Nearly a year after its Quest 2 release, Cities: VR – Enhanced Edition arrives next month as a PSVR 2 launch game, and we went hands-on for an exclusive preview.
On PSVR 2, Cities: VR feels like it’s finally living up to its potential. A reworked version of the acclaimed PC game Cities: Skylines, we enjoyed how Fast Travel’s VR adaptation transitioned Skylines’ core elements in our original review for Quest 2. However, we also had some concerns, criticizing the UI, stripped-down features and hampered visuals. The game has recevied several post-launch updates since then, adding features like metro and traffic routing plus an updated tutorial.
The Enhanced Edition on PSVR 2 takes things further, though the core experience remains the same. You’re still controlling each major aspect of city planning, laying down roads with wildly varying designs, and establishing a local economy. Cities: VR provides options without fussing over minor details. Visiting Fast Travel’s Stockholm office, I went hands-on for about 40 mins, speaking with programmer Leon Andersson and designer Henning Sundell as I played.
As someone who spent considerable time with Cities: VR at launch, I cannot understate how much cleaner Enhanced Edition looks. Choosing sandbox mode with the Islands map, buildings look nicer up close, while environments are more vibrant. Just watching a river flow through the landscape highlights these improvements well. Asking what’s changed, I soon learned it’s not purely a visual upgrade. “We’ve done some work on the UI to reduce friction, making it easier for the player to get into,” Sundell replied. “It’s already such a complex game,” said Andersson, “so this eases the pain when learning the controls. The player can focus on learning how to build a perfect city.”
Querying how Enhanced Edition utilizes PSVR 2’s new features, Sundell was quick to highlight haptic feedback. “There are controller haptics for everything you do. If you hover over a button, it’ll rumble a bit.” However, he also confirmed that headset haptics aren’t currently in the game. “We’ve been looking at options for how to implement it. There’s isn’t a lot of different textures for how the trigger should dynamically react, but we’ve looked at subtle things like potentially having the headset rumble when cars go by.”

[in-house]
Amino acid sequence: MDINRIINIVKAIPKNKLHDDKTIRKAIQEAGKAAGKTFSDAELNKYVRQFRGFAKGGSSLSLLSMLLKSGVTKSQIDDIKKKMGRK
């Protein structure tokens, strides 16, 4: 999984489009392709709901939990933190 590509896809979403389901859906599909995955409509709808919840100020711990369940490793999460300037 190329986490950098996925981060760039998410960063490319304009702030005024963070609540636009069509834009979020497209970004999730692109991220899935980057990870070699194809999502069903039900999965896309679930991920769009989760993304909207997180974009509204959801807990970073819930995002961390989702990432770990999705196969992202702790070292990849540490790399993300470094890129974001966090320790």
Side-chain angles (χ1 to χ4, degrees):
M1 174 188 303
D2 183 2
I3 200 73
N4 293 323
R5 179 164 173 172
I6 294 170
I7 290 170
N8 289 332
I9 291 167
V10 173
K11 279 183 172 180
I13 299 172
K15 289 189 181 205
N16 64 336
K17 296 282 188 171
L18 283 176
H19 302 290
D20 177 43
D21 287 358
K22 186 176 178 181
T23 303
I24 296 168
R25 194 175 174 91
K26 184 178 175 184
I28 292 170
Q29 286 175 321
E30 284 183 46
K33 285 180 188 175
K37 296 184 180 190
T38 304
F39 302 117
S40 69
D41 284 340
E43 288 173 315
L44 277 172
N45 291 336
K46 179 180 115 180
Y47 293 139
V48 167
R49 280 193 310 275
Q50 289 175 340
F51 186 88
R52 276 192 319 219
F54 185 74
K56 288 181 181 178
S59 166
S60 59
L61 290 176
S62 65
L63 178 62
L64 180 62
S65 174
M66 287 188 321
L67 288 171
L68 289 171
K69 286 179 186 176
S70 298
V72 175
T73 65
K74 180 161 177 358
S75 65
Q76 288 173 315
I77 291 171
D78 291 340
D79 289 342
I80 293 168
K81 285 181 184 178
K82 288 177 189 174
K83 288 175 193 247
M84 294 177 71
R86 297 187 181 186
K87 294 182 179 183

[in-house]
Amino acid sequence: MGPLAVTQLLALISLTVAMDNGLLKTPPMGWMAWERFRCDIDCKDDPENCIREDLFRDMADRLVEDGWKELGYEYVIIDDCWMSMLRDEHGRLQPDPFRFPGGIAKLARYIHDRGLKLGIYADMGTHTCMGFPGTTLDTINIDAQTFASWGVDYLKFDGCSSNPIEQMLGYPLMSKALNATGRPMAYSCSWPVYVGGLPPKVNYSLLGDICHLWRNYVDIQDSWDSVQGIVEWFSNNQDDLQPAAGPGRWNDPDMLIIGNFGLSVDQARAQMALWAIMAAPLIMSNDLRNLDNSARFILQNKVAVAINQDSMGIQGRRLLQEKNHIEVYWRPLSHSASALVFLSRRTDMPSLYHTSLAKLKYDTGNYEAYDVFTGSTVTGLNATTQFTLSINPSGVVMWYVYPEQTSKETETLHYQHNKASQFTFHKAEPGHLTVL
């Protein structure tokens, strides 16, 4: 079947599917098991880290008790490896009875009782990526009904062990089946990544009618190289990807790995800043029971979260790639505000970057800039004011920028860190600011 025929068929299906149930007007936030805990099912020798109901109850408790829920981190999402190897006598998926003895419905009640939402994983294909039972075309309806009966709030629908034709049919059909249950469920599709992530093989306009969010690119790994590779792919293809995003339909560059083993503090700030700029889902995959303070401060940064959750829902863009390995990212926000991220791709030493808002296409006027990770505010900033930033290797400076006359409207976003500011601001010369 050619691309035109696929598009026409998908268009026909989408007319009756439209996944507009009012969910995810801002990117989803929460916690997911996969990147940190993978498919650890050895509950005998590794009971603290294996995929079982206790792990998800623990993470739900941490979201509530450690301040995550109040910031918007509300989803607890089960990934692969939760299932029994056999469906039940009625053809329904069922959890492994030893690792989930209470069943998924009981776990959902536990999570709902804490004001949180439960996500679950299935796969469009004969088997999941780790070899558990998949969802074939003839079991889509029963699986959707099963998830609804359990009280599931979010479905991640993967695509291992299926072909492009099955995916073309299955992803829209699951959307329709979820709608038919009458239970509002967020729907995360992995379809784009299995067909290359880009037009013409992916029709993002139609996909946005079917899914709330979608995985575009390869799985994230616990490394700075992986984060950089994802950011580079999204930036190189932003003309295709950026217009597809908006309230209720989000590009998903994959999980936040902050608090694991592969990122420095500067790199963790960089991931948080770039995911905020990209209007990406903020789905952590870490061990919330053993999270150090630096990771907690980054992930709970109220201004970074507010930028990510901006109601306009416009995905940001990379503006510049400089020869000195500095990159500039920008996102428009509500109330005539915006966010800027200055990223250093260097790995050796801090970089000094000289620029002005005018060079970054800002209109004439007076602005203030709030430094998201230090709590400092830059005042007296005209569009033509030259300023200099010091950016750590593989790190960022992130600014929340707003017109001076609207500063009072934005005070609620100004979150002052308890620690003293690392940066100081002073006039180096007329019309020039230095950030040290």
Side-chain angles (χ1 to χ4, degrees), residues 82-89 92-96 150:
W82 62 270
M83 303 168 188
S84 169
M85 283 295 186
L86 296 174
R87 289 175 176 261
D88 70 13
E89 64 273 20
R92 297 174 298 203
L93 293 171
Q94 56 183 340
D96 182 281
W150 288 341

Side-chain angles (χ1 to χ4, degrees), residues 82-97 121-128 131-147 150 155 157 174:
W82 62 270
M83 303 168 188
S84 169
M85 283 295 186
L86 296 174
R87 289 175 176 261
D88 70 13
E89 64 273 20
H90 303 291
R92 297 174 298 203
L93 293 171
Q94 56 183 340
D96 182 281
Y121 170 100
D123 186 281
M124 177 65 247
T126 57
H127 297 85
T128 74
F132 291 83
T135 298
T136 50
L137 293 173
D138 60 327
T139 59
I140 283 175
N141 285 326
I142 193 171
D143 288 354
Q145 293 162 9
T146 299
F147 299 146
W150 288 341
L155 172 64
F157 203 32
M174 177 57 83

Another key difference is the world size, which is nine times larger than the Quest version. “It’s a five by five by five grid that you can select up to nine tiles on. So, you have even more freedom, like, ‘Oh, this time I will play with this configuration of piles.’ The next time, it can be on the same map but you’ll choose a different configuration.” There’s a few new Cities: VR maps, recreating some from the original choices from Skylines.
The next 15 minutes saw me reacquainting myself with city planning, often guided by Andersson while I created absurd layouts, usually forgetting to connect utilities to new areas. The abandoned buildings shouldn’t have surprised me, but there’s a lesson here; never put me in charge of an actual city. Still, while I couldn’t build anything particularly intricate, I had fun creating my ultimately short-lived city.
Eventually, I asked whether we can expect to see Enhanced Edition elsewhere. Sundell doesn’t confirm plans for additional platforms, though he explains Fast Travel would like to bring these improvements to Quest. “We have been looking at some of the improvements we’ve made, to get them onto Quest.” I’m told hardware limitations are a key factor. “We might not be able to get everything, like having like nine tiles. But we want to reach a point where the games are within hardware capacity. There’s a lot of things we feel are really good, like what we’ve done with the UI and the user experience, stuff that Quest users will appreciate.”
I carried on for another 10 minutes, taking my brilliant planning skills further by putting the schools, university, hospital, and crematorium in the same location. “Go through all of life’s stages in one road,” Sundell jokes. As we wrap things up, I ask one last question, checking whether they’ve taken onboard any feedback from the initial Quest reviews beyond UI changes. “A lot of feedback we received involved things like wanting more tiles, difficulty settings, knowing which button to press,” Sundell reveals, explaining how the Quest version’s original pallet set didn’t show any buttons. “When we asked questions, it was things that were misunderstood or weren’t explained. So we put a focus on that.”